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‘Mommy had given him medicine:’ Mother pleads guilty after 5-year-old tested positive for methadone

Leta Cha

MILWAUKEE — A Milwaukee mother charged with child neglect after prosecutors said her 5-year-old son ended up at Children’s Hospital with methadone in his system reached a plea deal Thursday, Sept. 26.

Leta Cha, 27, of Milwaukee, entered the plea to one count of neglecting a child (consequence is bodily harm). Sentencing was scheduled for Nov. 14.

According to a criminal complaint, on Jan. 28, police responded to Children’s Hospital, where a doctor indicated a 5-year-old tested positive for methadone. This, after the child arrived at the hospital unresponsive and not breathing. After multiple doses of Narcan were delivered, the child was able to breathe on his own, however, the complaint said the child “periodically stopped breathing and needed additional doses” of Narcan.

The boy had to be admitted to the hospital, where he received a continuous drip of Narcan while the methadone was exiting his system.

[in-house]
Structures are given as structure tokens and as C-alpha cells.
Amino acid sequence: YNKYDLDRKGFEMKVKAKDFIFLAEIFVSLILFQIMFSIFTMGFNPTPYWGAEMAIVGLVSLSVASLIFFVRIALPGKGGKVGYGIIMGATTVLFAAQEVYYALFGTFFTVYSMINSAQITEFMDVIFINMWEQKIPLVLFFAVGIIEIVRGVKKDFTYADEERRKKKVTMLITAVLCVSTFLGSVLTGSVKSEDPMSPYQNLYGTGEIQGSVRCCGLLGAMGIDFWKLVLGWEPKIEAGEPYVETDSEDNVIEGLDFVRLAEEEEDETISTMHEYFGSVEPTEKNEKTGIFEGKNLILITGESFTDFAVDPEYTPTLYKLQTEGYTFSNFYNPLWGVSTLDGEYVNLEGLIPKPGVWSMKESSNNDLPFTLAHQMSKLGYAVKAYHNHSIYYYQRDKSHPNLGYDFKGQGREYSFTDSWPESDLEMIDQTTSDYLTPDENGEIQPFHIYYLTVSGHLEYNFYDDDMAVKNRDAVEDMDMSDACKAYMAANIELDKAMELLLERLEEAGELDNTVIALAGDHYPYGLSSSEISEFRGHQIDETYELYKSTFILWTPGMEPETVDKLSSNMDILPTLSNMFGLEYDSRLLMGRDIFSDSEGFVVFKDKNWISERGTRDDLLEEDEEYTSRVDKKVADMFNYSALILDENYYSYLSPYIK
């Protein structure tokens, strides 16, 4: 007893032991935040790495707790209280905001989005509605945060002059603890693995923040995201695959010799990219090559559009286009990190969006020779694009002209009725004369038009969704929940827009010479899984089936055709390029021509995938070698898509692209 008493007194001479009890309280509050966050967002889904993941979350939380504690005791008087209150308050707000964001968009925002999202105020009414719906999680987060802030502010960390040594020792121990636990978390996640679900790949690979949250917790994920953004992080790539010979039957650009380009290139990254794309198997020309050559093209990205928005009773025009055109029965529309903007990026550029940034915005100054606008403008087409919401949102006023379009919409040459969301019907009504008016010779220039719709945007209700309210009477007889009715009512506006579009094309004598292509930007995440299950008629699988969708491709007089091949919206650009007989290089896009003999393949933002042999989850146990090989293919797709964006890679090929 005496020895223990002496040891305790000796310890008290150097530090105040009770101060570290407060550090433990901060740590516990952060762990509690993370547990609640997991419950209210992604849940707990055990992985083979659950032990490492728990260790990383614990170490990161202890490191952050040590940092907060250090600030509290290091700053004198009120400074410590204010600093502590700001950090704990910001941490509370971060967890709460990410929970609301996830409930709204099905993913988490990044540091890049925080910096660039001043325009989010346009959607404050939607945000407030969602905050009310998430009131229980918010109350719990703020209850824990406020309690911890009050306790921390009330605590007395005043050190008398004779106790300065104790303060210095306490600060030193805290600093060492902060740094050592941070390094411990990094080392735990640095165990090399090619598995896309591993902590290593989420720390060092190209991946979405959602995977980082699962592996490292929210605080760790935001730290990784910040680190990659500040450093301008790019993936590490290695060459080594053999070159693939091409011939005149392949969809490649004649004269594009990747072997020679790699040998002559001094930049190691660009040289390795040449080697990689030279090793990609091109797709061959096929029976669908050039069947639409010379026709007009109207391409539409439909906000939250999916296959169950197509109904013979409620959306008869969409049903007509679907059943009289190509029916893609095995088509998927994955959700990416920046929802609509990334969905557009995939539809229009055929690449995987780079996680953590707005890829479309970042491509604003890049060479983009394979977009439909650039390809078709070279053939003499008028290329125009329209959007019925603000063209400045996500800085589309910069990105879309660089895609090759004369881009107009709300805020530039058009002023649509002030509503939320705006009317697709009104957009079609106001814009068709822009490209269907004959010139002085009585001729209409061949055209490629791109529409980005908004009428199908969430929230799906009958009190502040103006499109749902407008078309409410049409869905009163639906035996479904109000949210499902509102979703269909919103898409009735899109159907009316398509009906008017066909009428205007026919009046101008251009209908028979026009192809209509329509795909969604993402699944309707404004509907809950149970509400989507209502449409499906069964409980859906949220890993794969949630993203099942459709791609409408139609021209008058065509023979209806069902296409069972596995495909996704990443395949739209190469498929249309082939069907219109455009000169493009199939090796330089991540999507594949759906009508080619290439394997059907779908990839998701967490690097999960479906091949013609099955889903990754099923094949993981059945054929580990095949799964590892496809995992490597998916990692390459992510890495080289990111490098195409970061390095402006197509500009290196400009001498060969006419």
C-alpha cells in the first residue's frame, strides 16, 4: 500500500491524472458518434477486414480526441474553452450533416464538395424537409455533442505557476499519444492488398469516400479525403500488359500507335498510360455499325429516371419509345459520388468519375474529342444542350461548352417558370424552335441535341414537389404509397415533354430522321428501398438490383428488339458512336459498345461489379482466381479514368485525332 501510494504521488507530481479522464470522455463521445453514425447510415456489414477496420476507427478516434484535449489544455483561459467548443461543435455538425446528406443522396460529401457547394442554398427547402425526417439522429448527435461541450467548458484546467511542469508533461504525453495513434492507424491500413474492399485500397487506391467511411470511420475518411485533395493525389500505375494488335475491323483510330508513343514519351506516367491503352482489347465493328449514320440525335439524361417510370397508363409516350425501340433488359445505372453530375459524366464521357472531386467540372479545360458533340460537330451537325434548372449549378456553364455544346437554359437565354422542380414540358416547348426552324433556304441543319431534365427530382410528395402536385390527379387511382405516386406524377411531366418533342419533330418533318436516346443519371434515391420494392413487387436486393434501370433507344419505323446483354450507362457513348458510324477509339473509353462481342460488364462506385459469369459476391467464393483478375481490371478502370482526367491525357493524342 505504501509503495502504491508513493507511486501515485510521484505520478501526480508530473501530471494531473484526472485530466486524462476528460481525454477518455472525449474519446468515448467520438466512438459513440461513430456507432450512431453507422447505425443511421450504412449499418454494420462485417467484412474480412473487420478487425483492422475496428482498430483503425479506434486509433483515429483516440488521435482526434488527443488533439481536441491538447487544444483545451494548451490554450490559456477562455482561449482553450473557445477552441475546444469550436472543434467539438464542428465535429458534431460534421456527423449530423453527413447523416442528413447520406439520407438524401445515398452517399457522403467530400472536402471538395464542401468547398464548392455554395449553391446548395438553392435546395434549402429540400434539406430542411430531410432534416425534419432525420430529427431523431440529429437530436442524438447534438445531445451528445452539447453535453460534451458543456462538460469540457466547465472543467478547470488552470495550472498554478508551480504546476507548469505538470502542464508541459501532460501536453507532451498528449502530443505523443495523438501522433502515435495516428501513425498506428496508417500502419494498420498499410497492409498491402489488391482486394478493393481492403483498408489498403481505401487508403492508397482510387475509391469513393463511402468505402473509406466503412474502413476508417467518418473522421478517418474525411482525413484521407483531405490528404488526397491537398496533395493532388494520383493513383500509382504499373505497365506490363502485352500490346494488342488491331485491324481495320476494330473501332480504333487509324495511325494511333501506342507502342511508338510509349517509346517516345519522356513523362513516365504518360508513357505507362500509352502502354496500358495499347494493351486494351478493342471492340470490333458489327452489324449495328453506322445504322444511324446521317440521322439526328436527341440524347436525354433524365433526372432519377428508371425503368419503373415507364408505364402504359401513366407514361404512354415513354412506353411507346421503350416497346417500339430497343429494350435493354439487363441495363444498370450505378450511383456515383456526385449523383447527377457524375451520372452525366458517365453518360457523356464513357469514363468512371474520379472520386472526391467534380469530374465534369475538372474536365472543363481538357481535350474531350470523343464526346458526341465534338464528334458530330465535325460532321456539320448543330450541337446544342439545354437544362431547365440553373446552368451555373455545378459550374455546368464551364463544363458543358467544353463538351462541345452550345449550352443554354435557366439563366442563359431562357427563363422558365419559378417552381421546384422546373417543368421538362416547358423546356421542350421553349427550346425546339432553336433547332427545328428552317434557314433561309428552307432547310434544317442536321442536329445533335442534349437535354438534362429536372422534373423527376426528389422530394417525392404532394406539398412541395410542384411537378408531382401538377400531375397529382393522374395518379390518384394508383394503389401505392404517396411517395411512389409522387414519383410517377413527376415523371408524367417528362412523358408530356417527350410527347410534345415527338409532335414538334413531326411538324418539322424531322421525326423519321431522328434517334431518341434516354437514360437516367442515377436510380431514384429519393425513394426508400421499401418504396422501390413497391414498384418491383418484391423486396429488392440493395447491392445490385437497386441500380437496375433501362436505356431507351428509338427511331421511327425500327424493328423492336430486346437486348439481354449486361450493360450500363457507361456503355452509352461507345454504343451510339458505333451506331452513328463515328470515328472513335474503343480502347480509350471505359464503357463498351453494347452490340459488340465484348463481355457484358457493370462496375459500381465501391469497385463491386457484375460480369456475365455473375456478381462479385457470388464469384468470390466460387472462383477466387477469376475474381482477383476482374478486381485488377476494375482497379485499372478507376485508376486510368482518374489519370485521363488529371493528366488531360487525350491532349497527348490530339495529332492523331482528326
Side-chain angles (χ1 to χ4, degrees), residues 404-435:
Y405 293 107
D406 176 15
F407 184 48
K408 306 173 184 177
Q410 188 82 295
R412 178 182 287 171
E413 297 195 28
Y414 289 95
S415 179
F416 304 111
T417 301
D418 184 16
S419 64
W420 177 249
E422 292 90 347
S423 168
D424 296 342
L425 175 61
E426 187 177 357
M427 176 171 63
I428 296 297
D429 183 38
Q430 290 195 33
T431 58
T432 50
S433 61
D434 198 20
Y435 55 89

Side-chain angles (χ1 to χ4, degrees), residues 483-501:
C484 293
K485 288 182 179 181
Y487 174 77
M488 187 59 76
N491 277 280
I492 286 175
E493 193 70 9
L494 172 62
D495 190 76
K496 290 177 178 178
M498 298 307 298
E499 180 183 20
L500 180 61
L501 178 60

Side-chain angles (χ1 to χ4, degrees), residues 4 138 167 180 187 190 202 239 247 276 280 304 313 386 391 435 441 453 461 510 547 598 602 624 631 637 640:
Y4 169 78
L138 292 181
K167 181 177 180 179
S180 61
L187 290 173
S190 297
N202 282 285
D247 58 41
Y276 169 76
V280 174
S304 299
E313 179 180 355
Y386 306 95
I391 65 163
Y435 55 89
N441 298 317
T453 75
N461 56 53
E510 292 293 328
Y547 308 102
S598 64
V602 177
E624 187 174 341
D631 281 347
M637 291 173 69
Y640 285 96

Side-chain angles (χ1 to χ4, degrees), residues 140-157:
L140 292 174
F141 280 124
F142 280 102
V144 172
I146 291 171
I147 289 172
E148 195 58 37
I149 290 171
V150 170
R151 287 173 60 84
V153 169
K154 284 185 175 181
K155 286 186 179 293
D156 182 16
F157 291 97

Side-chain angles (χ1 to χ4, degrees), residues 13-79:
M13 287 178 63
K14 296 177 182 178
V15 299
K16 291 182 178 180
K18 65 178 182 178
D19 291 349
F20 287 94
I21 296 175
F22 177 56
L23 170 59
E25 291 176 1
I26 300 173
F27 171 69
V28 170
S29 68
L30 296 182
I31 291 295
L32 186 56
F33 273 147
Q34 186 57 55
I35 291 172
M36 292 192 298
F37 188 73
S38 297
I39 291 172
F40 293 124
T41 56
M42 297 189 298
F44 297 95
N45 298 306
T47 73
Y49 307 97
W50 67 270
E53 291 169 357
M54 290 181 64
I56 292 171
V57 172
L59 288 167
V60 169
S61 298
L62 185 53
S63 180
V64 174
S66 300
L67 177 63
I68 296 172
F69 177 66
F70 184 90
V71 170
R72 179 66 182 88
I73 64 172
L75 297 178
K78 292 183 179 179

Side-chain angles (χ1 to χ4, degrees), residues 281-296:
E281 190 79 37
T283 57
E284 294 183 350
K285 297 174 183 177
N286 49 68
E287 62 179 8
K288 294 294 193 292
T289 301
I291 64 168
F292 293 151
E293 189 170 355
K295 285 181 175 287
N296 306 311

The complaint said “exposure to methadone (an opioid) places a child at significant risk for great bodily harm as even a single dose can cause death.”

According to the complaint, the boy told investigators “his mommy” had “given him some medicine” and he had “an owie.” The complaint noted the boy wasn’t able to explain what happened.

Cha told investigators “she is a recovering addict and takes methadone” which she gets weekly from a clinic. She said she keeps it in a lock box. She said on the morning of Jan. 28, she was trying to clean out her bottles so she could get them refilled and “may have left them unattended.”

When FOX6 News stopped by her listed address in March, no one answered the door.

Dana Emold

Dana Emold, a therapist with Rogers Behavioral Health isn’t associated with this case, but works with recovering addicts and said all prescriptions should be locked up, especially if there are children in the home.

“He was very lucky. He was very, very lucky. Methadone is a medication and any medication that isn’t locked up can be a danger to a child or another adult. It’s worth the inconvenience and it is very easy to purchase a lock box,” said Emold.

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